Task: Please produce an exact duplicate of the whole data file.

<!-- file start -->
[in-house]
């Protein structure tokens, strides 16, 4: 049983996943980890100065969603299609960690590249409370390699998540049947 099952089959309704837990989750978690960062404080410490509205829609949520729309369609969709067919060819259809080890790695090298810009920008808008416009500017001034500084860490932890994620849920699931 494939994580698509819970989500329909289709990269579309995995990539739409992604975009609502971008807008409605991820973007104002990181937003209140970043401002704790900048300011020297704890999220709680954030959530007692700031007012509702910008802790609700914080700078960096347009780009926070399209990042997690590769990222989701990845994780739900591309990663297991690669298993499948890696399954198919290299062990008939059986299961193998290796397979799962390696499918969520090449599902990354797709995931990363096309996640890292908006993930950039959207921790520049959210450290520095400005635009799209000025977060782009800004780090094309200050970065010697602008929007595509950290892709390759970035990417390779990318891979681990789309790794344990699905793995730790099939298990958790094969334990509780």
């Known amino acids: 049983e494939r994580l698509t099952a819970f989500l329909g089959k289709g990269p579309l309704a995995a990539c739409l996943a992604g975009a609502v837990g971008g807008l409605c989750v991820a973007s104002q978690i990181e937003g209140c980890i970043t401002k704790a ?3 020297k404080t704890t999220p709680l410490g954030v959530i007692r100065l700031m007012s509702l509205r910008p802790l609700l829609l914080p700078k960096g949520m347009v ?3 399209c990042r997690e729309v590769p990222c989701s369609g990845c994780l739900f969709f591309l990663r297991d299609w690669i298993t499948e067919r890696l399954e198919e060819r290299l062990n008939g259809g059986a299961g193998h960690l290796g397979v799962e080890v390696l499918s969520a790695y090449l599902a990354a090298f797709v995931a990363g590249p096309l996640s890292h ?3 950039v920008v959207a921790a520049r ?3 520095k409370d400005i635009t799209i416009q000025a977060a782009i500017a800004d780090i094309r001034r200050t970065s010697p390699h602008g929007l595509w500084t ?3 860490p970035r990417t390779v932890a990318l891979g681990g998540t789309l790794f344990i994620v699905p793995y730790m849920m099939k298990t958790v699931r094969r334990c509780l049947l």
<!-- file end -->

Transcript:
[in-house]
């Protein structure tokens, strides 16, 4: 049983996943980890100065969603299609960690590249409370390699998540049947 099952089959309704837990989750978690960062404080410490509205829609949520729309369609969709067919060819259809080890790695090298810009920008808008416009500017001034500084860490932890994620849920699931 494939994580698509819970989500329909289709990269579309995995990539739409992604975009609502971008807008409605991820973007104002990181937003209140970043401002704790900048300011020297704890999220709680954030959530007692700031007012509702910008802790609700914080700078960096347009780009926070399209990042997690590769990222989701990845994780739900591309990663297991690669298993499948890696399954198919290299062990008939059986299961193998290796397979799962390696499918969520090449599902990354797709995931990363096309996640890292908006993930950039959207921790520049959210450290520095400005635009799209000025977060782009800004780090094309200050970065010697602008929007595509950290892709390759970035990417390779990318891979681990789309790794344990699905793995730790099939298990958790094969334990509780």
């Known amino acids: 049983e494939r994580l698509t099952a819970f989500l329909g089959k289709g990269p579309l309704a995995a990539c739409l996943a992604g975009a609502v837990g971008g807008l409605c989750v991820a973007s104002q978690i990181e937003g209140c980890i970043t401002k704790a ?3 020297k404080t704890t999220p709680l410490g954030v959530i007692r100065l700031m007012s509702l509205r910008p802790l609700l829609l914080p700078k960096g949520m347009v ?3 399209c990042r997690e729309v590769p990222c989701s369609g990845c994780l739900f969709f591309l990663r297991d299609w690669i298993t499948e067919r890696l399954e198919e060819r290299l062990n008939g259809g059986a299961g193998h960690l290796g397979v799962e080890v390696l499918s969520a790695y090449l599902a990354a090298f797709v995931a990363g590249p096309l996640s890292h ?3 950039v920008v959207a921790a520049r ?3 520095k409370d400005i635009t799209i416009q000025a977060a782009i500017a800004d780090i094309r001034r200050t970065s010697p390699h602008g929007l595509w500084t ?3 860490p970035r990417t390779v932890a990318l891979g681990g998540t789309l790794f344990i994620v699905p793995y730790m849920m099939k298990t958790v699931r094969r334990c509780l049947l």